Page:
By Pierre-Jules Cavelier (French, 1814-1894) and cast by Ferdinand Barbedienne (French, 1810-1892), the bronze sculpture depicts Penelope asleep on a chair, holding a spindle in her right hand, all set on an oval base. This depiction of Penelope is from a story in Homer's Odyssey. The base is signed 'J. CAVELIER' and 'F. BARBEDIENNE FONDEUR'.
The original of this sculpture was exhibited at the 1842 Salon under the name 'Femme Grecque Endormie' and later exhibited in 1849 with the title 'Penelope'. It is the only Cavelier sculpture to appear in the Ferdinand Barbedienne foundry's 1886 catalogue, part of a set of five reductions after the original. This current model is reduction no. 4 and was originally offered for 200 Francs.
The story of Penelope is taken from Homer's Odyssey. Penelope is the wife of the protagonist, Odysseus, who is the king of Icatha. Odysseus was called to fight the Trojan war, and Penelope waits twenty years for his return. In his absence, many suitors and pretenders to the throne of Icatha ask for her hand in marriage. Staying loyal and faithful to her husband, Penelope says that she will not decide on a new husband until the burial shroud for the tomb of her father-in-law, the old king of Icatha, has been woven. Every night for three years, she undoes the threads that have been woven that day, thereby prolonging her marriage, until her secret is revealed by a servant. Penelope asleep depicts her in the long wait for her husband and demonstrates her dedication and commitment to her husband.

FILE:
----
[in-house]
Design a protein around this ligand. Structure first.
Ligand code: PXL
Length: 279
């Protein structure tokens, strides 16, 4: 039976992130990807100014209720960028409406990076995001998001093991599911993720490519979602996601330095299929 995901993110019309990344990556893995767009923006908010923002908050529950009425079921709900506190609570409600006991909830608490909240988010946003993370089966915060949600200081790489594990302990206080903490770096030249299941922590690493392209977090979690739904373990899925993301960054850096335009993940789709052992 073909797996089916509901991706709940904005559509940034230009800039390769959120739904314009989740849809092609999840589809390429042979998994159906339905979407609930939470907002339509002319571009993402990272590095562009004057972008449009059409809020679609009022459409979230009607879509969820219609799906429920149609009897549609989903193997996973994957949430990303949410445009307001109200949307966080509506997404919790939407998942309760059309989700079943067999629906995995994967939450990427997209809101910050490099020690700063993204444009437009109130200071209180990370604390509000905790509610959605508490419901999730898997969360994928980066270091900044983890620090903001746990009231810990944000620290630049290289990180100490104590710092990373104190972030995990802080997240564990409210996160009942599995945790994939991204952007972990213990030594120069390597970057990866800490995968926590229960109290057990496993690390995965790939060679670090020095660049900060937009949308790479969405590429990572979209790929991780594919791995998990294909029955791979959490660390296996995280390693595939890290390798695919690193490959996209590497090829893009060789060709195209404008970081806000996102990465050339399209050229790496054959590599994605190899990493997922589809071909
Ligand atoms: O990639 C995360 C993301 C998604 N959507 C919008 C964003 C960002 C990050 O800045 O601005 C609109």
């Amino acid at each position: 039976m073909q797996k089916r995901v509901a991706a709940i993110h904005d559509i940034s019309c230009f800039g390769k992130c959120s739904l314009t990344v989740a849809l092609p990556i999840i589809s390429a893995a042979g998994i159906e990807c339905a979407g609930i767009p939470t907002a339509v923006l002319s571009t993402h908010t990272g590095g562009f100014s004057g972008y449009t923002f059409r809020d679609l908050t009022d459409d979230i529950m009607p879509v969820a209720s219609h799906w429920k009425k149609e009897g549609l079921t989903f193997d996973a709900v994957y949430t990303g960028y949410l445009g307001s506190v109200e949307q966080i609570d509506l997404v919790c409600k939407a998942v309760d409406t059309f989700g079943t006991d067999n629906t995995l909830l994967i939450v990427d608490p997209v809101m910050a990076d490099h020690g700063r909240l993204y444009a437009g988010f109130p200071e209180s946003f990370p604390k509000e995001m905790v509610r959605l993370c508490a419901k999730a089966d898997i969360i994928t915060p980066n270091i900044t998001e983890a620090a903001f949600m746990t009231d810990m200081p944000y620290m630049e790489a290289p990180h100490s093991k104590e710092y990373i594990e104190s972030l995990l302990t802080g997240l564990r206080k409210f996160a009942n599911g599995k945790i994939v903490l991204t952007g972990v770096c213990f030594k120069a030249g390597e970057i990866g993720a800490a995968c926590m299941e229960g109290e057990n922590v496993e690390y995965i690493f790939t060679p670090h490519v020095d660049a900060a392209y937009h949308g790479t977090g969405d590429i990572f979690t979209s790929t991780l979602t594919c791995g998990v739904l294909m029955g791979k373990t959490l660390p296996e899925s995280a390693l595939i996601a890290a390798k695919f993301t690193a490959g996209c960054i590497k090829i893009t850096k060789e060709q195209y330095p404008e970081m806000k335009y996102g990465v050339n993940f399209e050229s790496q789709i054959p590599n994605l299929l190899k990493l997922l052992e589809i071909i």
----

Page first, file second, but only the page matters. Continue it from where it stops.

- E. Benezit Dictionary of Artists, vol. III, Grund, pp. 621-22 - Catalogue des Bronzes d'Art, F. Barbedienne, 1886, p. 41 - Bronzes of the Nineteenth Century: Dictionary of Sculptors, Kjellberg, p. 198